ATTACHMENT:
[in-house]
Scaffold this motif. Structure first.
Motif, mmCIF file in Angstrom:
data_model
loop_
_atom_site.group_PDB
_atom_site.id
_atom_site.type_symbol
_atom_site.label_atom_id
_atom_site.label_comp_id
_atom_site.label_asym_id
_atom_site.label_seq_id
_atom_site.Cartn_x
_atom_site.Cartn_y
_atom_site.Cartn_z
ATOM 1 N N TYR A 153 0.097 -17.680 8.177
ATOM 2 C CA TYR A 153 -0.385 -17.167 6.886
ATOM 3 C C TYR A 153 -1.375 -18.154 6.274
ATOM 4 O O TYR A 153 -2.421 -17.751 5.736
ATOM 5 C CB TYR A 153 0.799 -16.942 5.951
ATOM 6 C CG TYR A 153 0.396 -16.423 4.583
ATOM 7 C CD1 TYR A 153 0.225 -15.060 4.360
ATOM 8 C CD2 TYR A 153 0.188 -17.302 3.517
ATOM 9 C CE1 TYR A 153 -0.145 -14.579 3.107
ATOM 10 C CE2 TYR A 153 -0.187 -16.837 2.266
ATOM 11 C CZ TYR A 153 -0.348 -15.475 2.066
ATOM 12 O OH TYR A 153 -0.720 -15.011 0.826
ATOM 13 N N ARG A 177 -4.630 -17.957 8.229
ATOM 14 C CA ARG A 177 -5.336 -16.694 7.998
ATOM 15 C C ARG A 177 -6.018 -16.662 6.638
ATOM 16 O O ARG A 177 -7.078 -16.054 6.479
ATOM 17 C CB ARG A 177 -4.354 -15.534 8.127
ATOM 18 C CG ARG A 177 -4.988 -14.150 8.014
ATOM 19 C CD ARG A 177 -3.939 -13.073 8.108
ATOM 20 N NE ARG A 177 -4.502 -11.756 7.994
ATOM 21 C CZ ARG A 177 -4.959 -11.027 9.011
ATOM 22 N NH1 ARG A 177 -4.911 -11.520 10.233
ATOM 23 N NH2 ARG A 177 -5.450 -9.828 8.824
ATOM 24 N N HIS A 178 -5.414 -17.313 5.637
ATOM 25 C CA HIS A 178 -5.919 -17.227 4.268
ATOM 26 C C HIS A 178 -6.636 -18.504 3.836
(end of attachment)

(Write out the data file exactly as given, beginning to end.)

[in-house]
Scaffold this motif. Structure first.
Motif, mmCIF file in Angstrom:
data_model
loop_
_atom_site.group_PDB
_atom_site.id
_atom_site.type_symbol
_atom_site.label_atom_id
_atom_site.label_comp_id
_atom_site.label_asym_id
_atom_site.label_seq_id
_atom_site.Cartn_x
_atom_site.Cartn_y
_atom_site.Cartn_z
ATOM 1 N N TYR A 153 0.097 -17.680 8.177
ATOM 2 C CA TYR A 153 -0.385 -17.167 6.886
ATOM 3 C C TYR A 153 -1.375 -18.154 6.274
ATOM 4 O O TYR A 153 -2.421 -17.751 5.736
ATOM 5 C CB TYR A 153 0.799 -16.942 5.951
ATOM 6 C CG TYR A 153 0.396 -16.423 4.583
ATOM 7 C CD1 TYR A 153 0.225 -15.060 4.360
ATOM 8 C CD2 TYR A 153 0.188 -17.302 3.517
ATOM 9 C CE1 TYR A 153 -0.145 -14.579 3.107
ATOM 10 C CE2 TYR A 153 -0.187 -16.837 2.266
ATOM 11 C CZ TYR A 153 -0.348 -15.475 2.066
ATOM 12 O OH TYR A 153 -0.720 -15.011 0.826
ATOM 13 N N ARG A 177 -4.630 -17.957 8.229
ATOM 14 C CA ARG A 177 -5.336 -16.694 7.998
ATOM 15 C C ARG A 177 -6.018 -16.662 6.638
ATOM 16 O O ARG A 177 -7.078 -16.054 6.479
ATOM 17 C CB ARG A 177 -4.354 -15.534 8.127
ATOM 18 C CG ARG A 177 -4.988 -14.150 8.014
ATOM 19 C CD ARG A 177 -3.939 -13.073 8.108
ATOM 20 N NE ARG A 177 -4.502 -11.756 7.994
ATOM 21 C CZ ARG A 177 -4.959 -11.027 9.011
ATOM 22 N NH1 ARG A 177 -4.911 -11.520 10.233
ATOM 23 N NH2 ARG A 177 -5.450 -9.828 8.824
ATOM 24 N N HIS A 178 -5.414 -17.313 5.637
ATOM 25 C CA HIS A 178 -5.919 -17.227 4.268
ATOM 26 C C HIS A 178 -6.636 -18.504 3.836